Sunday: Blue skies, temperatures in the mid 60's, a whole city to explore. First stop the Colosseum. Well, second stop actually, first stop was a little cafe for a couple of caffe lattes and pastries to fortify ourselves.
Top Picnicsintheharbour Colosseum Tip:
The queues for the Colosseum suck. You have to queue for security, then queue for tickets. OR you can head on down past the Arch of Constantine to the Palatino booking office. The ticket's valid for both and there aren't any queues there. You still have to queue for security, BUT you can just keep left past all the people queuing for tickets and down to the turnstiles.
Once inside, the Colosseum is as impressive as I'd expected it to be.
OK, I know, everyone knows what it looks like, but it's this huge structure that's been there since 72AD. According to the blurb it was still in use for housing and workshops right through to the 19th Century. I'd assumed the missing South side of the outer ring had collapsed gradually through neglect, but it collapsed during an earthquake in 1349.
Next stop, a little light lunch at a pavement cafe just up the Via dei fori imperiali and then on to the Palatine and the Forum. It's breathtaking stuff, but fortunately Wikipedia tells the story, so I don't have to.
I have to make mention of the Basilica di Constantino, though. It contained the law courts of Imperial Rome and enough of it's still standing (with a little help from some high-tech steel supports) to get a real idea of the grandeur of the place.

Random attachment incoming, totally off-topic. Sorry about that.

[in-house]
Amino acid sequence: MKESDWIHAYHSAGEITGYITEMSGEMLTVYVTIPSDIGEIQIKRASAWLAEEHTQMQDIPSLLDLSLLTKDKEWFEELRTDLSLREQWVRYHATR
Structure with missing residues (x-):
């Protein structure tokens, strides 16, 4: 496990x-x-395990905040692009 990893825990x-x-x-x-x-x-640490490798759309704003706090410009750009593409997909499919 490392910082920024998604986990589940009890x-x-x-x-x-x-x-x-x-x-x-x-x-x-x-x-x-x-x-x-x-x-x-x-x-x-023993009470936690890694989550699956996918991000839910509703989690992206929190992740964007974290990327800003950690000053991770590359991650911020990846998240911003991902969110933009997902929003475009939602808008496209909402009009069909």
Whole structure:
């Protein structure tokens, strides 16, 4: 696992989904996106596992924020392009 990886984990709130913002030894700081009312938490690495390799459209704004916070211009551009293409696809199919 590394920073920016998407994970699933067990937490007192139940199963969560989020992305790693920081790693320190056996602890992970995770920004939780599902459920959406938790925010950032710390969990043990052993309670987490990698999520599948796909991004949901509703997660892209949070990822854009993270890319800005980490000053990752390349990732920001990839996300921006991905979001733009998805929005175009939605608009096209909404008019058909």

It's hard to make out the octagonal pattern beneath the arches, but pay attention, we'll be re-visiting tomorrow.
We surprised ourselves by still having the energy to head across to the Pantheon, the most astonishingly complete of Rome's ancient buildings, it seems to me. As far as I can tell, saved by a) being a Christian church for much of its history and b) being located in one of the few areas of Rome that remained populated continuously between the decline of imperial Rome and its renaissance in the, well, in the renaissance.
That was it for us, we managed to stagger exhausted to the Metro for a quick snooze before heading off out for dinner with Andrea and Grazia. Andrea is one of Missy's Sabre colleagues and Grazia is his beautiful wife of 30(?) years. We had a great time, eating at Ristorante il Ciak across the Tiber in Trastavere. It's one of those gems of a restaurant that you'd never find in a million years if you didn't have a local guide. A wonderful, unpretentious local eating place specialising in meat. Lots of it!